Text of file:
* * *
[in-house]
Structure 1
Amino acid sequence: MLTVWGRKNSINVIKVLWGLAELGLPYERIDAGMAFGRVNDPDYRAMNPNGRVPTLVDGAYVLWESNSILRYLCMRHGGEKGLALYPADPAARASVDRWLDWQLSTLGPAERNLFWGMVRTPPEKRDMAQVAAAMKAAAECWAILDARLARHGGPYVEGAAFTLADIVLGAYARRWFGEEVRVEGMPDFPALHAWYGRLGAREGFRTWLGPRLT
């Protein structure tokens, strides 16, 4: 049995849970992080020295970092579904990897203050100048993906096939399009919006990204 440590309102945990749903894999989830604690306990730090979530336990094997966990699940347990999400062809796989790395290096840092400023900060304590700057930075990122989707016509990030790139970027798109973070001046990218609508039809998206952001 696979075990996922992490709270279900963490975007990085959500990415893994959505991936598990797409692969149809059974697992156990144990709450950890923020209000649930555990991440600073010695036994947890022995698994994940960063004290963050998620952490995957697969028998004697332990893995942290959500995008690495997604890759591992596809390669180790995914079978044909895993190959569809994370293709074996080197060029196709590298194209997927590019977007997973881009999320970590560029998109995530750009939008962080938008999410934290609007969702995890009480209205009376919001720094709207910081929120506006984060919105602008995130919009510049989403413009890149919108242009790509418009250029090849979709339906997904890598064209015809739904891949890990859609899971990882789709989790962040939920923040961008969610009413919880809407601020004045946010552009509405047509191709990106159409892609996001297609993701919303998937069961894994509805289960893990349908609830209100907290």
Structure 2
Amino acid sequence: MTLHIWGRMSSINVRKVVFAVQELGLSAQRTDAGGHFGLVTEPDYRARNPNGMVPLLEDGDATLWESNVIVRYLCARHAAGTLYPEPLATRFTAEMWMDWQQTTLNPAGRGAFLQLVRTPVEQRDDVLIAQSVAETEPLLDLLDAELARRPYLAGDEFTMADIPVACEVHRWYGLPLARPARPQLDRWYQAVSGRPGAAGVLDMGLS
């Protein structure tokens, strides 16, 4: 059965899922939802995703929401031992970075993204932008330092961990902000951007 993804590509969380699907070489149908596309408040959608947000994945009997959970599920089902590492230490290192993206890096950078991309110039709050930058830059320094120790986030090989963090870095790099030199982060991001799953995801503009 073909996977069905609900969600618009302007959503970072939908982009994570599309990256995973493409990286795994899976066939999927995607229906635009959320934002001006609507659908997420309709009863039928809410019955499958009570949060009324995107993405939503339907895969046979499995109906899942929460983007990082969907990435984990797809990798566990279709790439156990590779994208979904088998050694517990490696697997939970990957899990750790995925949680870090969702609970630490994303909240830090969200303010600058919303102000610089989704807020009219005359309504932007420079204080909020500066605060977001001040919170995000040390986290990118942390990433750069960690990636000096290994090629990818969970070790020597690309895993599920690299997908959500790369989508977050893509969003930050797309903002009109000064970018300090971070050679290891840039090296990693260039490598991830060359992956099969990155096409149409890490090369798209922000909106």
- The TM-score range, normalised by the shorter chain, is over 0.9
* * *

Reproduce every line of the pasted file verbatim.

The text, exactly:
[in-house]
Structure 1
Amino acid sequence: MLTVWGRKNSINVIKVLWGLAELGLPYERIDAGMAFGRVNDPDYRAMNPNGRVPTLVDGAYVLWESNSILRYLCMRHGGEKGLALYPADPAARASVDRWLDWQLSTLGPAERNLFWGMVRTPPEKRDMAQVAAAMKAAAECWAILDARLARHGGPYVEGAAFTLADIVLGAYARRWFGEEVRVEGMPDFPALHAWYGRLGAREGFRTWLGPRLT
């Protein structure tokens, strides 16, 4: 049995849970992080020295970092579904990897203050100048993906096939399009919006990204 440590309102945990749903894999989830604690306990730090979530336990094997966990699940347990999400062809796989790395290096840092400023900060304590700057930075990122989707016509990030790139970027798109973070001046990218609508039809998206952001 696979075990996922992490709270279900963490975007990085959500990415893994959505991936598990797409692969149809059974697992156990144990709450950890923020209000649930555990991440600073010695036994947890022995698994994940960063004290963050998620952490995957697969028998004697332990893995942290959500995008690495997604890759591992596809390669180790995914079978044909895993190959569809994370293709074996080197060029196709590298194209997927590019977007997973881009999320970590560029998109995530750009939008962080938008999410934290609007969702995890009480209205009376919001720094709207910081929120506006984060919105602008995130919009510049989403413009890149919108242009790509418009250029090849979709339906997904890598064209015809739904891949890990859609899971990882789709989790962040939920923040961008969610009413919880809407601020004045946010552009509405047509191709990106159409892609996001297609993701919303998937069961894994509805289960893990349908609830209100907290």
Structure 2
Amino acid sequence: MTLHIWGRMSSINVRKVVFAVQELGLSAQRTDAGGHFGLVTEPDYRARNPNGMVPLLEDGDATLWESNVIVRYLCARHAAGTLYPEPLATRFTAEMWMDWQQTTLNPAGRGAFLQLVRTPVEQRDDVLIAQSVAETEPLLDLLDAELARRPYLAGDEFTMADIPVACEVHRWYGLPLARPARPQLDRWYQAVSGRPGAAGVLDMGLS
């Protein structure tokens, strides 16, 4: 059965899922939802995703929401031992970075993204932008330092961990902000951007 993804590509969380699907070489149908596309408040959608947000994945009997959970599920089902590492230490290192993206890096950078991309110039709050930058830059320094120790986030090989963090870095790099030199982060991001799953995801503009 073909996977069905609900969600618009302007959503970072939908982009994570599309990256995973493409990286795994899976066939999927995607229906635009959320934002001006609507659908997420309709009863039928809410019955499958009570949060009324995107993405939503339907895969046979499995109906899942929460983007990082969907990435984990797809990798566990279709790439156990590779994208979904088998050694517990490696697997939970990957899990750790995925949680870090969702609970630490994303909240830090969200303010600058919303102000610089989704807020009219005359309504932007420079204080909020500066605060977001001040919170995000040390986290990118942390990433750069960690990636000096290994090629990818969970070790020597690309895993599920690299997908959500790369989508977050893509969003930050797309903002009109000064970018300090971070050679290891840039090296990693260039490598991830060359992956099969990155096409149409890490090369798209922000909106």
- The TM-score range, normalised by the shorter chain, is over 0.9